Pipelines In addition to the redirection operators, there is one additional operator which gives control over how input and output are handled. The operator is a pipeline, "|". Pipelines allow the standard output of one command to be used as the standard input to another command. This is almost equivalent to running the first command with its output redirected to a temporary file, then running the second command with its input redirected from the temporary file, then removing the temporary file. Pipelines make useful "filter" processes where the output of one command can be sent to another command which filters the output to whatever parameters you give the second command. As an example, you could display all the filenames with the character "a" in their name: [1]% echo foo > file1 [2]% echo abc >> file1 [3]% echo aabc >> file1 [4]% echo GNO >> file1 [5]% echo standard >> file1 [6]% echo oof >> file1 [7]% cat file1 foo abc aabc GNO standard oof [8]% cat file1 | grep 'a' abc aabc standard Pipelines are useful when you wish to view lines of text in a file that contain a phrase, or if you want to connect two programs directly, bypassing intermediate files. It is also possible to connect multiple commands with multiple pipelines. Pipelines are frequently used for paging output. The coff program mentioned previously prints the output of an OMF disassembly to the screen but does not pause when a key is pressed. In order to pause the display, the output must be piped through a paging utility. The ORCA shell requires that you wait for the entire command to complete execution before the pipeline is processed. However, GNO/ME executes both commands concurrently which allows the coff utility to execute while the paging utility displays the program output. GNO/ME comes with two page utilities, more and less. Complete desciptions of coff, more, and less can be found in the electronic manual using the man command. Background Execution of Commands A major benefit of GNO/ME is multitasking. Multitasking is a means of running multiple applications at once (not literally but very close). On the Apple IIGS, GNO/ME accomplishes pre-emptive multitasking by switching among applications that are running in the background. Any GNO/ME utility can be run in the background. Applications running in the background generally run for the same period of time (GNO/ME switches between applications 20 times a second). To background a shell utility, place the "&" character at the end of the command-line. The GNO shell displays a unique process ID and job number for each backgrounded command. It is possible to use the background character "&" to separate commands as with the ";" character. Each command with a trailing "&" is executed in the background. Up to 32 processes can executed concurrently under the GNO Kernel. Warning: When you exit the GNO Shell all processes will be terminated including any you may have running in the background. Below is a sample session with background tasks: [5] script> ps ID STATE TT MMID UID TIME COMMAND 1 ready co 1002 0000 0:45 NullProcess 2 ready co 1007 0000 0:05 gsh 138 running co 1006 0000 0:00 ps [6] script> cmpl +p script.c keep=script > outputfile & [1] + 141 Running cmpl +p script.c keep=script & [7] script> ps ID STATE TT MMID UID TIME COMMAND 1 ready co 1002 0000 0:45 NullProcess 2 ready co 1007 0000 0:05 gsh 141 waiting co 1006 0000 0:00 cmpl +p script.c keep=script 142 ready co 100B 0000 0:00 5/cc 143 running co 100D 0000 0:00 ps [8] script> cmpl +p script.asm keep=script1 > output2 & ps ; ls -s [2] - 145 Running cmpl +p script.asm keep=script1 & ID STATE TT MMID UID TIME COMMAND 1 ready co 1002 0000 0:45 NullProcess 2 ready co 1007 0000 0:05 gsh 141 waiting co 1006 0000 0:00 cmpl +p script.c keep=script 144 ready co 100E 0000 0:07 5/linker 145 ready co 100D 0000 0:00 cmpl +p script.asm keep=script1 146 running co 100F 0000 0:00 ps 147 ready co 1011 0000 0:00 5/asm65816 3 barf 1 outputfile 6 script.asm 1 script.root 1 foobar 19 script 3 script.c 36 script.sym 1 output2 6 script.a 6 script.mac 1 typescript [9] script> cp script.asm script2 & [3] 150 Running cp script.asm script2 & [2] - Done cmpl +p script.asm keep=script1 & [1] + Done cmpl +p script.c keep=script & [3] - Done cp script.asm script2 & [10] script> ps ID STATE TT MMID UID TIME COMMAND 1 ready co 1002 0000 0:45 NullProcess 2 ready co 1007 0000 0:05 gsh 151 running co 1006 0000 0:00 ps The first command line sends the ps command to the shell. ps lists the processes currently being executed by the GNO kernel. The processes named gsh and NullProcess are always present. For a complete description of the ps command, see . When a command is executing in the background, keyboard input is not sent to it. However, output is still treated in the same way. If the command sends output to the standard output or standard error, the screen will become cluttered. Try this example: [1]% ls -l& [2]% ls -l Both the output of commands #1 and #2 will be sent to the screen. After command #1 is entered and you begin typing command #2, you will see the output of the first "ls -l" command being sent to the screen while you enter command #2. Utilities which produce output should have their standard output and standard error redirected to a file when they are executed in the background. See . Executing commands in the background hinders the performance of the Apple IIGS. This is not too noticeable when one or two commands are being executed but performance will degrade more noticably as more commands are started. The Apple IIGS was not designed as a multitasking computer so the performance of GNO/ME should be understandable. If you have an accelerator (such as the Transwarp GS or Zip GS) installed, performance of multiple tasks will be acceptable. Job Control Now that command backgrounding and multitasking have been discussed, some more definitions can be mentioned. A process is a command which has been submitted to the shell for execution. gsh contains a set of special commands which make dealing with processes much easier. gsh treats each command entered at the command-line as a job, where a single job may contain multiple processes. For example: % ls one command, one process, one job % ls ; ps two commands, two processes, two jobs % ls & ps two commands, two processes, two jobs % ls | more two processes, one job When a job is run from the shell, it can be in several modes of operation. Jobs can be in any of three states: "running", "stopped", or "done". A job can be executing in either the foreground or the background. Commands exist to place a job in any mode of operation. When a job is run directly from a command-line it is running and it is in the foreground. Since the command-line cannot be accessed, two special keys have been defined: ^C kills the job and ^Z will stop the job. When the job is killed, it is gone forever, but a stopped job can be restarted. When a job is stopped, the kernel suspends each of the processes in the job. Jobs that are running in the background or have been stopped can be accessed using several built-in commands. The bg command will place a job in the background, placing it in the running state if necessary. The fg command will similarly place a job in the foreground, and the stop command will stop a backgrounded job. The kill command will terminate a job. Each time job control is accessed, a special job status line is displayed following the command. The first item on the left in brackets is the job number. Next is a single character, either a '+', '-', or a blank. The '+' designates the currently accessed job, the '-' is the previously accessed job, and all other jobs are not specified. The jobs command will display a list of all jobs. Have another look at the example in ; now more of the notation will be understandable. Each of the special commands, bg, fg, stop, and kill, take an argument which specifies the job to perform the operation on. The argument is either a number specifying the process id, or a '%' followed by one of the following: '+' or '-' for the current job, a '-' for the previous job, or a number to specify any specific job. If nothing follows the '%' or the argument is missing, then the current job is the default. There is one additional way that a job may be stopped. If the job is placed in the background and it attempts to read from the console, the job will be stopped, and the status line says "(tty input)" as the reason for the job being stopped. The job should be foregrounded so that the user may enter input to the program. It can then be placed back in the background as necessary (with ^Z and bg). Working with Pathnames To move easily to directories descended from the home directory, gsh provides the "~" (tilde) character. This character represents the home directory. Therefore, if your home directory was :hard:gno:home:root, you could use the command "cd ~" to move to the home directory (note that "cd" without any arguments also defaults to the home directory). To move to subdirectories of the home directory, you could use the command The tilde character is recognized by gsh before the command is interpreted. Another special sequence, "..", when used as part of a pathname, will strip the last path between pathname seperators. For example, the pathname "/dev/gno/.." would be expanded to "/dev". The "/gno" portion of the path is stripped as it is before the periods. This provides an excellent way to backup into your directories. "Backing up" is limited by the volume directory of the device being used. Additionally, the character "." can be used to signify the current directory. Pathname Expansion Many utilities supplied with gsh take, as an argument, a filename or filenames. The shell utilities cat, ls, grep, and cp can take multiple filenames as arguments. If you wish to invoke any of these utilities on filenames that have a sequence of characters in common (ie. AND, APPLE, SHK, TXT, FILE2, FILE3, etc), gsh provides special characters, called regular expressions or wildcards, which match multiple filenames without having to enter all filename arguments manually. GSH Wildcard Operators * Matches any string of characters. ? Matches a single character. [abc] Matches any of the characters enclosed in brackets. [^abc] Matches any of the characters not enclosed in brackets. [a-c] Matches the ascending sequence of characters enclosed in brackets.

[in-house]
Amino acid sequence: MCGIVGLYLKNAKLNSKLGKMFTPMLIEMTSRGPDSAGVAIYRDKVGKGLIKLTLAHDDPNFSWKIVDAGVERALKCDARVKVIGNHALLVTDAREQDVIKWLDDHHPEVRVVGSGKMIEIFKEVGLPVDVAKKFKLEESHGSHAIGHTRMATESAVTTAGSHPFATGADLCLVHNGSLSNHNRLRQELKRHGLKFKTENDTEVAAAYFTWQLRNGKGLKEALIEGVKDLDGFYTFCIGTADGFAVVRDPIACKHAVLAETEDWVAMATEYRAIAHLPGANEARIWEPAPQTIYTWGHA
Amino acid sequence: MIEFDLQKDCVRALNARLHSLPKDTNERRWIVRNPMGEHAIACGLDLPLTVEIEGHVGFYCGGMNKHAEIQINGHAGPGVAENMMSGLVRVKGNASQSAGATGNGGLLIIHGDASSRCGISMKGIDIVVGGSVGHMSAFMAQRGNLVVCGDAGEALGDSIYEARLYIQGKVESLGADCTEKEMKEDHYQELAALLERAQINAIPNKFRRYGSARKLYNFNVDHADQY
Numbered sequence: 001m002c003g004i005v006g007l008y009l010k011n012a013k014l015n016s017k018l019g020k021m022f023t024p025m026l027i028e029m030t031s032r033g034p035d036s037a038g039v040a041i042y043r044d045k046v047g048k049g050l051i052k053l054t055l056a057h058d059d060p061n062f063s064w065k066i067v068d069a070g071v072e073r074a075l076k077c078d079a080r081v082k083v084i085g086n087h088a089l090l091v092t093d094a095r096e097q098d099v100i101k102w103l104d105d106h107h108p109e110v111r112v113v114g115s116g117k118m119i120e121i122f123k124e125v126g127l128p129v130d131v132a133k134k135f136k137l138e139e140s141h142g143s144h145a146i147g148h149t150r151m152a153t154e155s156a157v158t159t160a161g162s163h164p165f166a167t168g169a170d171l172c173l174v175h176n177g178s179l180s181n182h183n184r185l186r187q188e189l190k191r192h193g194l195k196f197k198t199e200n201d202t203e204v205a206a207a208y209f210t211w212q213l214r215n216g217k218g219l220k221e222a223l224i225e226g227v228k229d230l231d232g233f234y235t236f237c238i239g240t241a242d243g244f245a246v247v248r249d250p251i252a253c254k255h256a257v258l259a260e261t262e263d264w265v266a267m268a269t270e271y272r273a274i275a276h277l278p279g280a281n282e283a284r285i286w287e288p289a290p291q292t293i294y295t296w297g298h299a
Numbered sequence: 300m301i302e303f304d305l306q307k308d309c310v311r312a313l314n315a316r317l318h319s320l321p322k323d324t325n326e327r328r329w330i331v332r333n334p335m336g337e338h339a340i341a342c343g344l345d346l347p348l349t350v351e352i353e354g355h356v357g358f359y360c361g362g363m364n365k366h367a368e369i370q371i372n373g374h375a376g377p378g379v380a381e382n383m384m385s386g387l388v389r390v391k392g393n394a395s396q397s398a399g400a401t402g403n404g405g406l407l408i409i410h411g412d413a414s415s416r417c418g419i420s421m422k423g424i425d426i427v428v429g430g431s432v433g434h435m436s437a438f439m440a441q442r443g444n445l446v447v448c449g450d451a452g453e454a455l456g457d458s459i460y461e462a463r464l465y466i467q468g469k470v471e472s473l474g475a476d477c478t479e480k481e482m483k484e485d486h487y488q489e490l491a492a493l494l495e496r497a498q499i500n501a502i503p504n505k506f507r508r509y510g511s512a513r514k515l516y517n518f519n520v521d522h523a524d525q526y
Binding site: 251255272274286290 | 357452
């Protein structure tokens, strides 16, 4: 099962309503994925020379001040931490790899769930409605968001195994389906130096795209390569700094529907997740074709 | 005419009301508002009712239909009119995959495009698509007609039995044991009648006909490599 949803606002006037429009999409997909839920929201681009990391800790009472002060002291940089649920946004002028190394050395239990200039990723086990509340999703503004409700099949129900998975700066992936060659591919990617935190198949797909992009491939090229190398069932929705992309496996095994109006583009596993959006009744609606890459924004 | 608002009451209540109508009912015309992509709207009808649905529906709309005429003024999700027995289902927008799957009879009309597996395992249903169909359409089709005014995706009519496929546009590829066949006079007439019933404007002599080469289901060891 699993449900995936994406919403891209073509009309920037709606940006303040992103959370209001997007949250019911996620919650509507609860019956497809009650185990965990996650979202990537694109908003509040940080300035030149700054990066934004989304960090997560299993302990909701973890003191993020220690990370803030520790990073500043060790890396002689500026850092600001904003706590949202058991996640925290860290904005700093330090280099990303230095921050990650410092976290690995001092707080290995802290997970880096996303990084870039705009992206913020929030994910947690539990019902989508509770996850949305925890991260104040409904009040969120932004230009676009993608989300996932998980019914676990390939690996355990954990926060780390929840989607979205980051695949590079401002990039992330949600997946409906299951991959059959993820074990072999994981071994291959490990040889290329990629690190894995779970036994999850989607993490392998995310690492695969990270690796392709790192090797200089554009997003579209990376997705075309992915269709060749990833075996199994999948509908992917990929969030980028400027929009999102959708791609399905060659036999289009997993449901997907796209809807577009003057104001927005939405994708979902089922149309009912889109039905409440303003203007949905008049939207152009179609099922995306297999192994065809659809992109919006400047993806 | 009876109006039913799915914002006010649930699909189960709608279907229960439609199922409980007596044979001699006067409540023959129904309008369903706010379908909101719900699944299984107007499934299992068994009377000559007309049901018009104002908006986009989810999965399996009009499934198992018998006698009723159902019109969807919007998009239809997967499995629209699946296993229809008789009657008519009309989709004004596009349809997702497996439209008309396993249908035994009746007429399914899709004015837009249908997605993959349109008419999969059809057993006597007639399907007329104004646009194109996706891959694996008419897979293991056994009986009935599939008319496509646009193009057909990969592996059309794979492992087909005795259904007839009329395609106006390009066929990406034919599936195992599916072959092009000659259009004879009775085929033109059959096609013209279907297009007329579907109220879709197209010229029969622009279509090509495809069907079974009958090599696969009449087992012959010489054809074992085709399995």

This method of matching filenames is known as "globbing". gsh performs globbing on the word prior to executing the command. The following gsh session illustrates file globbing: [1]% cd /dev/gno/utilities [2]% ls :dev:gno:utilities CONV Crunch CrunchIIGS DeRez DiskCheck DumpObj Duplicate EMACS Equal Express Files LinkIIGS MakeBin MakeDirect OrcaDumpIIGS Prizm ResEqual Search canon choose clrff cmdfix coff compact count detab dir dirff dumpfile eject emacs.doc emacs.hlp emacs.rc emacs.tut help init join link macgen makelib mem online pageeject pause pwd src [3]% ls e* :dev:gno:utilities EMACS Equal Express eject emacs.doc emacs.hlp emacs.rc emacs.tut [4]% echo *r *m dir Prizm mem [5]% echo *i* cmdfix CrunchIIGS Prizm DiskCheck Duplicate Files init join LinkIIGS makelib MakeBin MakeDirect link dirff dumpfile online OrcaDumpIIGS dir [6]% echo NoMatch* No match. [7]% echo [a-f]* coff canon cmdfix compact Crunch CrunchIIGS DeRez DiskCheck DumpObj Duplicate EMACS emacs.doc emacs.hlp emacs.rc emacs.tut Equal Express Files choose clrff count detab CONV dirff dumpfile eject dir [8]% echo [a-fs-t]* coff canon cmdfix compact Crunch CrunchIIGS DeRez DiskCheck DumpObj Duplicate EMACS emacs.doc emacs.hlp emacs.rc emacs.tut Equal Express Files choose clrff count detab Search src CONV dirff dumpfile eject dir [9]% echo emacs?* EMACS emacs.doc emacs.hlp emacs.rc emacs.tut [10]% echo [^a-f]* Prizm help init join LinkIIGS makelib MakeBin MakeDirect link mem ResEqual Search src online pageeject pause OrcaDumpIIGS pwd macgen [11]% echo [^a-fs-t]* Prizm help init join LinkIIGS makelib MakeBin MakeDirect link mem ResEqual online pageeject pause OrcaDumpIIGS pwd macgen [12]% echo ??? mem src pwd dir [13]% echo ? No match. [14]% echo "???" ??? [15]% do you have a light? No match. As can be seen by the above example, character matches are case insensitive. The ProDOS file system treats the filenames "file" and "FILE" as the same file. gsh recognizes this and does not detract from the underlying file system. File globbing makes passing arguments to commands much easier and much more powerful. You could easily use "*.c" as an argument in a number of ways: [1]% ls *.C lists all filenames ending in ".C" [2]% cc *.C compiles all files ending in ".C" [3]% more *.C displays contents of all files ending in ".C"
Quoting Special Characters Beginning with Apple IIgs System Software 6.0, GS/OS is able to read files from Macintosh computers. The Macintosh uses a filesystem known as HFS, which allows filenames to contain any character except the colon (":"). Because a filename such as "emacs?*" is valid under HFS, care must be taken or unexpected results will occur. The word "emacs?*" was used as a regular expression above to specify a list of filenames beginning with the word "emacs" and one or more trailing characters. gsh does provide a way to pass an argument which contains special shell characters to a command. This is known as quoting an argument. There are three different ways to quote an expression: The single quote will quote everything between the single quote marks. Thus, to display the contents of a file on an HFS volume named "emacs?*", use the command: more 'emacs?*' The double quote will quote everything between the double quote marks except variables; echo "emacs?* $home" will product "emacs?* /dev/gno". See for more on variables. The backslash is used to quote one character. To pass "emacs?*" as a regular using the backslash, one could enter the following: ls emacs\?\* One additional purpose of the quoting mechanism built into gsh is to add spaces to command arguments. Each command and its arguments is separated by a space. Multiple spaces between arguments are treated as one space. Thus, consider the following: % echo a b c a b c % echo 'a b c' a b c How gsh Finds a Command gsh has a special variable, PATH, which specifies the directories and order of directories to search for shell utilities. This variable is often setup in the gshrc file although it can be changed as often as needed. The purpose of the PATH environment variable was discussed in . When gsh starts up, it searches all directories specified in the PATH environment variable and establishes a table of all commands, called a hash table. Because of this table, gsh "knows" where a command is and can execute the command much faster than searching through all directories every time the command is entered. The search process begins with alias names. See . If an alias is found that matches the command, the alias is replaced with its value and the command-line is again parsed. If it was not an alias, gsh checks to see if it was a special built-in utility. The search process then searches for the name in the hash table. If an entry is found in the hash table, the path name of the command is retrieved and the command is executed. If an entry is not found, the current path is searched. If the command name is not found, an error results. When the PATH environment variable is changed, gsh does not automatically recreate the command hash table. You need to issue the command rehash to recreate the hash table. The more pathnames specified, the greater the delay in starting gsh and in invoking the rehash command. The following shell script changes PATH and invokes the rehash command in one step. echo Resetting PATH variable $PATH to $1 set path=$1 rehash The $1 variable will be expanded with the first argument passed to the script. rehash should also be used if a new utility is copied to one of the directories specified in the PATH variable. Of course, it is possible to specify the absolute pathname of any command, but this is undesirable if the command is frequently used.